Home gyms are here to stay, from a corner in a spare room to a club-grade spa
Garrett Miller is very happy to have completed construction of his home gym just days before the 2020 pandemic shutdown. Training has always been a priority for the lifelong avid rower, and he likes the convenience of a home gym.
“If you get up early or come home late, you can get a nice workout,” he said. “It’s important for my health, physically and mentally.”
When he and his wife Jennifer built their own home in West Mount Airy in 2017, they left the basement unfinished and collaborated with Cunningham Architecture of King of Prussia on a luxe gym and spa. They planned ahead when the house was built, installing the necessary plumbing and creating 10-foot ceilings.
Working with Fitness Exchange’s Rick Clendaniel, they spent about $30,000 on club-quality fitness equipment, including a treadmill, stationary bike, Pilates reformer, arch machine, rowing machine, and weight bench with a selection of free weights and kettlebells. The attached spa has a programmable infrared sauna, a shower with a large rain head, and Sonos music.
“We said, ‘Here’s what we love to do, here’s the space, now help us plan,'” Miller recalled. “Everything from the ceiling fans and the way the air flows to the HVAC system, flooring and colors make it feel inviting and soothing that you want to use it.”
What you should consider for your home gym
Whether you’re investing in a home gym that rivals a fitness center or simply converting an extra bedroom or garage into your personal workout space, home gyms became especially popular during the pandemic, when commercial gyms closed and people started to spend more time at home. The 2021 Houzz Emerging Home Design Trends Report found that searches for home gyms increased 2½ times compared to 2020.
The first step is to decide on the equipment you want, the space available and your budget. Fitness Exchange, a fitness equipment retailer, offers free at-home consultations to help customers create a plan.
What are your fitness goals?
How many family members will be using the gym?
Are the ceilings high enough to safely use the devices?
Are your doors wide enough to bring the machines into the room?
Are there outlets nearby?
“The good news is that there are so many different ways to get things done,” said Clendaniel, general manager of Fitness Exchange, which has three locations in Philadelphia. “For weight training, for example, there are traditional home gyms, multi-station multi-user gyms, and functional trainers that are more compact and can be tucked away in a corner.”
Treadmills are the most popular investment
Treadmills are the most popular choice for cardio, accounting for about half of the company’s sales. If space allows, bicycles, elliptical machines, and rowing machines are popular additions. In a smaller space that only cardio equipment can fit, dumbbells, kettlebells, resistance bands, and a pull-up station can provide a decent workout that complements cardio and strength training.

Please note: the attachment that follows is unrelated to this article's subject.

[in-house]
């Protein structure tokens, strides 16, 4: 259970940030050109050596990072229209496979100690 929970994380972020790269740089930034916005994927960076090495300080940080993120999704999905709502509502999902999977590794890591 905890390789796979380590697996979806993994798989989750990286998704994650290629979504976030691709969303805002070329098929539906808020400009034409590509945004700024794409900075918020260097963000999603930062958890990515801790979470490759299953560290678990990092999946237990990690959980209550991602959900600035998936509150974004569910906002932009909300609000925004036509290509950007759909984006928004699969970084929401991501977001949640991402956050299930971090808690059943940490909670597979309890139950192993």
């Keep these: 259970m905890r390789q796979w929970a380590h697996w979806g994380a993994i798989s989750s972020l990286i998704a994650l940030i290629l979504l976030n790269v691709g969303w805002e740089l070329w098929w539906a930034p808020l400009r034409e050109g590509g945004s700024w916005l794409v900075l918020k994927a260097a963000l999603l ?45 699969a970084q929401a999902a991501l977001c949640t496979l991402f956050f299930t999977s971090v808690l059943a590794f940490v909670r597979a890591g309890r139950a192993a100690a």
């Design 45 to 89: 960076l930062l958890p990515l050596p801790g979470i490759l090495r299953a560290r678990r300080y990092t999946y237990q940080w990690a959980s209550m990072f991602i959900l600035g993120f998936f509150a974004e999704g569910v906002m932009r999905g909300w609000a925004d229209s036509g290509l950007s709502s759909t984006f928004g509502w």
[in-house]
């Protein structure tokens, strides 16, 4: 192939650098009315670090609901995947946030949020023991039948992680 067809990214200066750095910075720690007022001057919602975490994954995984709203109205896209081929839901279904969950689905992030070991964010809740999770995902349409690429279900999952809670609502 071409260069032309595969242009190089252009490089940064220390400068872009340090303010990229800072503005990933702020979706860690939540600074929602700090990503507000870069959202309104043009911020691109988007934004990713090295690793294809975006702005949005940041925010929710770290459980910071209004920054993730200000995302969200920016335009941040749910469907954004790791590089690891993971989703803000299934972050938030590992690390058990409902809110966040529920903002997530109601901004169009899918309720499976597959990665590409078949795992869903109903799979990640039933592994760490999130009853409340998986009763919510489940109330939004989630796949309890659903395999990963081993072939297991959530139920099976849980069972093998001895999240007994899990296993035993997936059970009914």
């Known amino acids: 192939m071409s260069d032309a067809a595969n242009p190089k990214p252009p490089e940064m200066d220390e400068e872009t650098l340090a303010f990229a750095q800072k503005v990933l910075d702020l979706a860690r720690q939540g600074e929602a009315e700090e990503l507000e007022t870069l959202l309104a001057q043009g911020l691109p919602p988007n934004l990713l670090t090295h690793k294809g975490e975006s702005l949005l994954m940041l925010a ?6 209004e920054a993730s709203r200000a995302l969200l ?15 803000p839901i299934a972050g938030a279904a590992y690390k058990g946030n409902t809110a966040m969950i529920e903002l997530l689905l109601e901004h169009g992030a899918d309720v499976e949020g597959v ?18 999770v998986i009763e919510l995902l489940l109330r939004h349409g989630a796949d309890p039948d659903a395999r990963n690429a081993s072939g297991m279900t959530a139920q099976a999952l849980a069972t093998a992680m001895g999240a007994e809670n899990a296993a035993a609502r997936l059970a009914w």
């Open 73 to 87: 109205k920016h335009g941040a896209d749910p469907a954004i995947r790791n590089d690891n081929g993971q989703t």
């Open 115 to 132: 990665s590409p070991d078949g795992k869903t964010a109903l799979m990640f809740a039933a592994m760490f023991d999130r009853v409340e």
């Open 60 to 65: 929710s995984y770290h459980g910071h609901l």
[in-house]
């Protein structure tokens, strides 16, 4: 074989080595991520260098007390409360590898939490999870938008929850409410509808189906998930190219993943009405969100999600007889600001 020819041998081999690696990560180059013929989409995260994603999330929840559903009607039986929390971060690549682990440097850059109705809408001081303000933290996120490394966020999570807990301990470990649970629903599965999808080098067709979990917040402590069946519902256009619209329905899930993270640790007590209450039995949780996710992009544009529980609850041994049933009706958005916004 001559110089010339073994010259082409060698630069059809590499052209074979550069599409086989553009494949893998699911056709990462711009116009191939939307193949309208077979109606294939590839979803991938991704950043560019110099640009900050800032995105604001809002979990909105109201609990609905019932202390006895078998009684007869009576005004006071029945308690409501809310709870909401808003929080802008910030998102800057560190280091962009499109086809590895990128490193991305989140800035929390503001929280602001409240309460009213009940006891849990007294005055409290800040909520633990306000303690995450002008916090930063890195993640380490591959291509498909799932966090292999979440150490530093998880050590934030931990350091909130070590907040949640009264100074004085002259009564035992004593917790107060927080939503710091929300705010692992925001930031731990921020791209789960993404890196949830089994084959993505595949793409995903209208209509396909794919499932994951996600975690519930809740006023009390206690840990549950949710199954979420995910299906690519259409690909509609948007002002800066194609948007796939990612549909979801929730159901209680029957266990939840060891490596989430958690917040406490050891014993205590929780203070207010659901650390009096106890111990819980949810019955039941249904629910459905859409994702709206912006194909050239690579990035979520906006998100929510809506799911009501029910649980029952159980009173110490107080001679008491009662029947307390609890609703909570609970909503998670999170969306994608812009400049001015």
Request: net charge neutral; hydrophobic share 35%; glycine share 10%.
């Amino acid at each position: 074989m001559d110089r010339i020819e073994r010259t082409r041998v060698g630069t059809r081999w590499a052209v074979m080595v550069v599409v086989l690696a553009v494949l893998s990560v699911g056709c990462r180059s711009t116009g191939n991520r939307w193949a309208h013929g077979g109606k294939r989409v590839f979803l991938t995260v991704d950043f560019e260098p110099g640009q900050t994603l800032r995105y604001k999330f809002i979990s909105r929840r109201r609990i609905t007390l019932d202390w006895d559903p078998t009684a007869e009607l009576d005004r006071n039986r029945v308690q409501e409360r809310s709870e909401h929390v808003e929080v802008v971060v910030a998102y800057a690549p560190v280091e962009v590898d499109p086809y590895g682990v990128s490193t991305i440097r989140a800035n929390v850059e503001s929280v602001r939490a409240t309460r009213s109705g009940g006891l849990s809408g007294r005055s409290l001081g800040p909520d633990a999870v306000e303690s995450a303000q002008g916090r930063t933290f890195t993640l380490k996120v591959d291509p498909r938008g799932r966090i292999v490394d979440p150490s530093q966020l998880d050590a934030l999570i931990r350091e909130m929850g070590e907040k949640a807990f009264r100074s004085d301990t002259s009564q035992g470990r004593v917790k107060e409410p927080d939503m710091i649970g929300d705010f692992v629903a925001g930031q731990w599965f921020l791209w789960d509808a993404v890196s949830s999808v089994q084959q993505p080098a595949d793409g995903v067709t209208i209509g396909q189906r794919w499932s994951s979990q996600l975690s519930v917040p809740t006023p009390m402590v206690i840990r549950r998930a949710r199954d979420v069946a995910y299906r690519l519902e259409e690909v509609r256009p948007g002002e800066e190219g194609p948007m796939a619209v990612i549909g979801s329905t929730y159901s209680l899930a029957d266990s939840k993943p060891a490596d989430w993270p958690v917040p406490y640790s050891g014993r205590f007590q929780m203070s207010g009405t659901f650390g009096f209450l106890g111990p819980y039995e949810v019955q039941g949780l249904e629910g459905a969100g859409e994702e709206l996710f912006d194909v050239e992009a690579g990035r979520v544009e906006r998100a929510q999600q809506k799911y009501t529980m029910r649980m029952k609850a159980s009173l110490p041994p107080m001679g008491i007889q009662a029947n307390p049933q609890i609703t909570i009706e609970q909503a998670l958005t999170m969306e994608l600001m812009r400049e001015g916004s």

There is a wide range of costs for equipment, new or used, basic or advanced console functionality, and structural integrity that determines the times of day the machine can be used. The most important aspect is safety, emphasized Clendaniel: the equipment selected must withstand the rigors of your training.
“Look for entry-level treadmills where the components are bolted together, not welded,” he said. “That can break down over time and become a security risk.”
The spare bedroom gym
If you’re converting a second-story guest bedroom into a gym, you probably don’t need to worry about the weight of the equipment because most of the equipment isn’t that heavy and the load is distributed, said Jeff Krieger, president of Krieger Architects at Chestnut Hill .
But you have to consider the vibration noise coming through the floor, which can be a challenge in an existing home, especially if someone is on the ground floor.
In addition to exercise machines and weights, the most common additions are a ballet barre and mirror, Krieger said. He also advises homeowners to ensure they have adequate heating and air conditioning for the space, as well as natural light. Basements tend to be fairly cool year-round, but may not have windows. Conversely, in an attic, you can add a dormer window or skylight to let in natural light, but the space may be too warm to work out.
For those who want a home gym but have space or budget constraints, there are many options, said Lizzy Greener, owner and head trainer at Homewerk Fitness in Center City. A comfortable, stable mat, dumbbells, and kettlebells provide strength training, mobility, injury prevention, healing, and athletic performance work.
“Choose a medium set of dumbbells that will allow you to do 10 reps of bicep curls without getting too difficult,” she said.
With that as the base weight, you’re adding something lighter and something heavier. For cardio, an outdoor walk or run can replace a treadmill. A wall shelf or hooks can hold towels and ribbons.
Danielle and Mike McCoy discovered Homewerk when their gym was closing during the pandemic, and they took up Zoom workouts. When they moved to Jenkintown from the city in 2021, part of the attraction of their new home was the full basketball court and tennis wall, plus a garage that they could convert into a gym.
The McCoys installed sturdy rubber mats, a bike, a pull-up bar, and a set of free weights and kettlebells, and spent about $2,000. They take Homewerk strength-training classes about six times a week and use their outdoor area and the treadmill they have in their office for cardio workouts.
“During the pandemic I used soup cans and flour bags, but now we have real weights,” said Danielle McCoy. “It’s so convenient to have everything here.”